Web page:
Other than the fact they lived at the same time and were Irish, Abraham "Bram" Stoker, author of Dracula, and famed playwright Oscar Wilde didn't have a ton in common...at first. That is, except for the fact that, together, they lived out the scenario of an R. Kelly music video. In fact, they both dated the same girl.

This love triangle started in Dublin in 1875, when both young men fell head-over-heels for a woman named Florence Balcombe. Bram spent that holiday season with the Wilde clan, whose numbers included Oscar. Though the two men weren't super-close, they'd known one another for quite some time. Around that time, Oscar met Flo and they started dating; he described her as "just seventeen with the most perfectly beautiful face I ever saw and not a sixpence of money." 

Oscar Wilde's sketch of Florence Balcombe. Image via the Women's Museum of Ireland.

Named for Florence Nightingale, Miss Balcombe was quite the lovely heart-breaker. The following year, O.W. visited her, painted portraits for her, and composed verse, but, by 1877, things had petered out. Why? Perhaps because Wilde wasn't in a financial place to bring home a bride. Although later famously arrested for homosexuality after losing a big libel case, Wilde did also marry and father children.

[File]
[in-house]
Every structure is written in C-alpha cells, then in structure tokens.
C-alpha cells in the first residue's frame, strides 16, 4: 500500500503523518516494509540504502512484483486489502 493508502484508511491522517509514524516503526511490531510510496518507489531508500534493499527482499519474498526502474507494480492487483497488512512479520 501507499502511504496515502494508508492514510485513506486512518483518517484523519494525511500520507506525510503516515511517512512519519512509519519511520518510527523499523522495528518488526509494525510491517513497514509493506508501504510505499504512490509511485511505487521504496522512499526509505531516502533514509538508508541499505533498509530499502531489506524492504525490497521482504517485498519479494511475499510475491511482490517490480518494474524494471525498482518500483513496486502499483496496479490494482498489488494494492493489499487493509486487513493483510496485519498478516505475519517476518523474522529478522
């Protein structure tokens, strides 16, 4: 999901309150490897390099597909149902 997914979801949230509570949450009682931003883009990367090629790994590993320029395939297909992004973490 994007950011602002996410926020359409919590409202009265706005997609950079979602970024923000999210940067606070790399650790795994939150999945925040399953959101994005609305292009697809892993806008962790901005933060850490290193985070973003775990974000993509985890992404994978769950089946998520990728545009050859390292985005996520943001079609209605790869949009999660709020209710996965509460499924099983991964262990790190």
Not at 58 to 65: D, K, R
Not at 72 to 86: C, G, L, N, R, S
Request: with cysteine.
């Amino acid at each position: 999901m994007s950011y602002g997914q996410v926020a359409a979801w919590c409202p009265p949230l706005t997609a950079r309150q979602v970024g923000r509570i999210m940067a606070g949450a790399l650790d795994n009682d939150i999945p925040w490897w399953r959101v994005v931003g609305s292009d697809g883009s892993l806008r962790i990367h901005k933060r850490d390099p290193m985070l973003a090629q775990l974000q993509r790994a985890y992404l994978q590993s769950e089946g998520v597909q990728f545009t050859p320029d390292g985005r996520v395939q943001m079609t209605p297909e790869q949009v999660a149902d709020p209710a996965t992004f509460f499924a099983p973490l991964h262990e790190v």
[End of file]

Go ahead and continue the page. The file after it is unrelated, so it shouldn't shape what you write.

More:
By 1878, "Florrie," as Oscar called his ex, was already engaged again...to her former lover's old friend, Bram Stoker, then a manager at a Dublin theater. They wed on December 4 of that year; she was nineteen, he thirty-one. Reports have it that Oscar wasn't happy; he asked Florence to return to him a gold cross he'd given her and had inscribed with his name, which he said was a reminder of their two sweet years together. She, in turn, requested the return of many letters she'd sent him over the years. Tensions between the Stokers and Wilde, both big presences on the Dublin literary scene, seemed to have eased after 1884, when Wilde himself wed. 

Interestingly, modern literary scholars have used this love triangle as a lens through which to interpret Stoker's Dracula. Meanwhile, Florence herself became best known for her battle against the creators of the film Nosferatu for stealing the plot of Dracula.

Feature images via Wikimedia Commons Public Domain.